Evidence shows that university students, especially healthcare students, experienced considerable health impacts during COVID-19. This study examined Hong Kong general nursing students’ mental health and quality of life during the COVID-19 pandemic. An online questionnaire composed of personal demographics, the Fear of COVID-19 scale (FCV-19S), the Depression Anxiety Stress Scale short version (DASS21), and the World Health Organization Quality of Life-BREF (WHOQOL-BREF) was used for data collection in early 2021. Among 380 respondents, 170 (45%) did not attend clinical practicum during the pandemic. Students who did not participate in clinical training scored lower in FCV-19S but higher in WHOQOL-BREF than those who participated (p = 0.001 or p < 0.001). FCV-19S and WHOQOL-BREF were negatively correlated (r = −0.623 to −0.446, p < 0.001). Slight negative correlations were found between the FCV-19S and DASS-21 scores. Although there were no significant differences in DASS21 (p = 0.294–0.931) between these two student groups, there was a considerably high prevalence rate of depression (57.1%), anxiety (47.6%), and stress (39.5%). Hong Kong nursing students, especially those who attended clinical practicum during the pandemic, experienced substantial emotional and quality of life implications. Local universities are recommended to organize appropriate interventions to prepare and support nursing students’ wellbeing and health in coping with future disasters.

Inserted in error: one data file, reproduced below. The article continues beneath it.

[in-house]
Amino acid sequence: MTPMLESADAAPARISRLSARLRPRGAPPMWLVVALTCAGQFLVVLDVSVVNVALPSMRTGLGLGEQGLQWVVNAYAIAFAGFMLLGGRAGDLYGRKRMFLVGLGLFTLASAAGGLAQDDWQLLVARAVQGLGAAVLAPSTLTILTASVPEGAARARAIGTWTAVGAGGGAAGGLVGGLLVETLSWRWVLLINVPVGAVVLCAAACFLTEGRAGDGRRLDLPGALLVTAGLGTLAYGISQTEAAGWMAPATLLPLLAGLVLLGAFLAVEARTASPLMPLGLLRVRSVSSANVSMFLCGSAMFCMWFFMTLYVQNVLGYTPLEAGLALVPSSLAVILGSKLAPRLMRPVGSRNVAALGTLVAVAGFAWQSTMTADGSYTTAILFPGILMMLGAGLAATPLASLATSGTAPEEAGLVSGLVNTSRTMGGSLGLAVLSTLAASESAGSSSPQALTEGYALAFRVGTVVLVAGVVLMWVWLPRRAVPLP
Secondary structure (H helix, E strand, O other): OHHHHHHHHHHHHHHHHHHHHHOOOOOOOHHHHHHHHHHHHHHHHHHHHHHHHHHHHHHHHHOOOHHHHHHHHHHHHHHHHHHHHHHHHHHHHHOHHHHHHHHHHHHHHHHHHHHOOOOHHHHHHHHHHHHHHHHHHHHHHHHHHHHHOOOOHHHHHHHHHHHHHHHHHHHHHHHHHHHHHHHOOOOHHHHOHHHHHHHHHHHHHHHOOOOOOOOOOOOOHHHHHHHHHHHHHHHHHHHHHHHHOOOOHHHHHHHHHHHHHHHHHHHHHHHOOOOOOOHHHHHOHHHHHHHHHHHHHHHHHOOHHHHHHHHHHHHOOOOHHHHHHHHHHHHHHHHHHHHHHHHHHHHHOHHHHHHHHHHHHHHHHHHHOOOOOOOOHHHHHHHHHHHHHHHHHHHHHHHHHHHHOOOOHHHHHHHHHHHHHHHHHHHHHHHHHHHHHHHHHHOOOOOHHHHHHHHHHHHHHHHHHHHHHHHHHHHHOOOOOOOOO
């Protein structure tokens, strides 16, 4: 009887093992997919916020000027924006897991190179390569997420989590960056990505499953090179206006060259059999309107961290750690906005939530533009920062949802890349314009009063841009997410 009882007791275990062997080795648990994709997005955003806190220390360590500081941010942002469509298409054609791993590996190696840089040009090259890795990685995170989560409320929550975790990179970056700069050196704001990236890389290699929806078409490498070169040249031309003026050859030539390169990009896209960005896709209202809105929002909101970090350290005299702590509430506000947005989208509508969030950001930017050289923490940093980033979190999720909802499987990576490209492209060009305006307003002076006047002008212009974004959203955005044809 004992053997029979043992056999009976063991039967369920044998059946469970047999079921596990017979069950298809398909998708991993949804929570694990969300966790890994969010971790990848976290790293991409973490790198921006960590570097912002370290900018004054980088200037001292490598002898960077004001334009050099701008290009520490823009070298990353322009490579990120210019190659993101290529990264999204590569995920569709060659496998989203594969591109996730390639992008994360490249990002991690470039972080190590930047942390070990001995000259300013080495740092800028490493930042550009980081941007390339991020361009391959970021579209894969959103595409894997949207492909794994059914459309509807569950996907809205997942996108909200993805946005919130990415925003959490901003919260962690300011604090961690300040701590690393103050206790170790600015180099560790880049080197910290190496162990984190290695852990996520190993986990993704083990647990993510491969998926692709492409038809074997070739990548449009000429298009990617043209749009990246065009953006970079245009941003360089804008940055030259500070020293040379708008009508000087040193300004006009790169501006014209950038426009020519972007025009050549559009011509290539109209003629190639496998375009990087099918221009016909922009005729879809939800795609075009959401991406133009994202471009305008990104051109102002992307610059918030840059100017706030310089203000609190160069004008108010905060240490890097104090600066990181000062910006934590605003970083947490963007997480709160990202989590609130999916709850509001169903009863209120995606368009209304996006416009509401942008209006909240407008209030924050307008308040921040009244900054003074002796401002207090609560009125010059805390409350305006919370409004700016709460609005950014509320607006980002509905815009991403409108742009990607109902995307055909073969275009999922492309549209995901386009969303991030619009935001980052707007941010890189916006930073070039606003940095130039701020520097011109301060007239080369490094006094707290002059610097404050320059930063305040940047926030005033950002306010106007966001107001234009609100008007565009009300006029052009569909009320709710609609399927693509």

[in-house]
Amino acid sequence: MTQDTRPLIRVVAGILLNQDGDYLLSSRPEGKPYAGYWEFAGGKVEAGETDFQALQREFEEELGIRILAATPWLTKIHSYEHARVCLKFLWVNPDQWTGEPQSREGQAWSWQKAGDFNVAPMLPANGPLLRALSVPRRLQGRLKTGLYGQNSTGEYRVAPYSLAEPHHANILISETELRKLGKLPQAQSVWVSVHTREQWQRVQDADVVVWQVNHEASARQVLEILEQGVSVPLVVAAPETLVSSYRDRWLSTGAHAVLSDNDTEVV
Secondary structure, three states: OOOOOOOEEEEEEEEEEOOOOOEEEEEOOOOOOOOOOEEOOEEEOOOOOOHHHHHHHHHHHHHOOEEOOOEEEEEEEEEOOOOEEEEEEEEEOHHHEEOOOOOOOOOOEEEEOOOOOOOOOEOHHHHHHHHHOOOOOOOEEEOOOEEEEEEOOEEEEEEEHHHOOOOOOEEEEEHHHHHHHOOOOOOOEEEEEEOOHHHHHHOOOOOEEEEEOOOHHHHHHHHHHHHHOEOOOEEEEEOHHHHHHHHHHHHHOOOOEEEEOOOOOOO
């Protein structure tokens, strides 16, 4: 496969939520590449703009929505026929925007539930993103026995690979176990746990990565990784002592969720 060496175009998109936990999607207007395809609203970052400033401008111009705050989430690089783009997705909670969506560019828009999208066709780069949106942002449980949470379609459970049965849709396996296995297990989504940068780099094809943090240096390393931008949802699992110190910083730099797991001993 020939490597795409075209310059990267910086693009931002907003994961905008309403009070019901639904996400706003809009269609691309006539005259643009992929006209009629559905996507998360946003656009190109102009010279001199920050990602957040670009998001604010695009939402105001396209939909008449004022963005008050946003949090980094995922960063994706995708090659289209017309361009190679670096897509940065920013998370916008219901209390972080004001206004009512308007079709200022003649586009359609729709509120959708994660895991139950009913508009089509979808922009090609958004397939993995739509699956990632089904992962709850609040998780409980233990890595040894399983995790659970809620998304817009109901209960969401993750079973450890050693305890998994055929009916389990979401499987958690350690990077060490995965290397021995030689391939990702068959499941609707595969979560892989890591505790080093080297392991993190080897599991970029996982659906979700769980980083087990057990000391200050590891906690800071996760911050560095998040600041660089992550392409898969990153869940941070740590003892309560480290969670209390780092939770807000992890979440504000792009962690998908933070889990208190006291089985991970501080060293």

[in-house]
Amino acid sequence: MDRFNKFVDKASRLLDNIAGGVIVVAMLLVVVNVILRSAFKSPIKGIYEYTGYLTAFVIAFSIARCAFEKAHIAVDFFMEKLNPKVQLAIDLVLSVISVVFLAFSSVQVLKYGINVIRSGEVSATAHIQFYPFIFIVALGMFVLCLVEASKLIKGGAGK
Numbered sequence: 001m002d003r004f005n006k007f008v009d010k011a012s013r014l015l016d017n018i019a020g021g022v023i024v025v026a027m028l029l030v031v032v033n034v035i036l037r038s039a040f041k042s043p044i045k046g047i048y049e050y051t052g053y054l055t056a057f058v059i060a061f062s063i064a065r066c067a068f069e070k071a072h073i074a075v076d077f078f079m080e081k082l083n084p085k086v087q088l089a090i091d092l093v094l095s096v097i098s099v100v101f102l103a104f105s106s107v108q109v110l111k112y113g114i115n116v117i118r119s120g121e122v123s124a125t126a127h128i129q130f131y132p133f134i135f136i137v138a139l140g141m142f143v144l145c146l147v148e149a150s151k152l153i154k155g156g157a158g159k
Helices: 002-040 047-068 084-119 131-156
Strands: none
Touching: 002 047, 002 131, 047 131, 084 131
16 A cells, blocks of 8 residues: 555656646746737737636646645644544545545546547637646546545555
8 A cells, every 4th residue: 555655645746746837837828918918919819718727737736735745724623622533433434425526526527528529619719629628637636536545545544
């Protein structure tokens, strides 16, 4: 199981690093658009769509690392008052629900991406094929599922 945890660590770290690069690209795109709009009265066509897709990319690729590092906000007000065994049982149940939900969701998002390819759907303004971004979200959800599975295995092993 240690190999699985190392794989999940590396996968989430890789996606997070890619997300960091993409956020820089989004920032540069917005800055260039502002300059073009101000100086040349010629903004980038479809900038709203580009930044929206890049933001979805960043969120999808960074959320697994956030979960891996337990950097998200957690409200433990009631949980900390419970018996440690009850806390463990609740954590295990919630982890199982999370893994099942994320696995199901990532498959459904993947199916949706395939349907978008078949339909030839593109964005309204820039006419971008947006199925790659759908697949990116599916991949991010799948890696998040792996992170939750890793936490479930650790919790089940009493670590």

|Journal||International Journal of Environmental Research and Public Health|
|Publication status||Published - 14 Nov 2022|
Bibliographical noteThis study was conducted according to the guidelines of the Declaration of Helsinki and approved by the Research Ethics Committee of Tung Wah College (Reference No. NUR/SRC/20200125/027, date of approval 25 January 2021).
© 2022 by the authors.
- emotional states
- quality of life
- nursing students
- mental health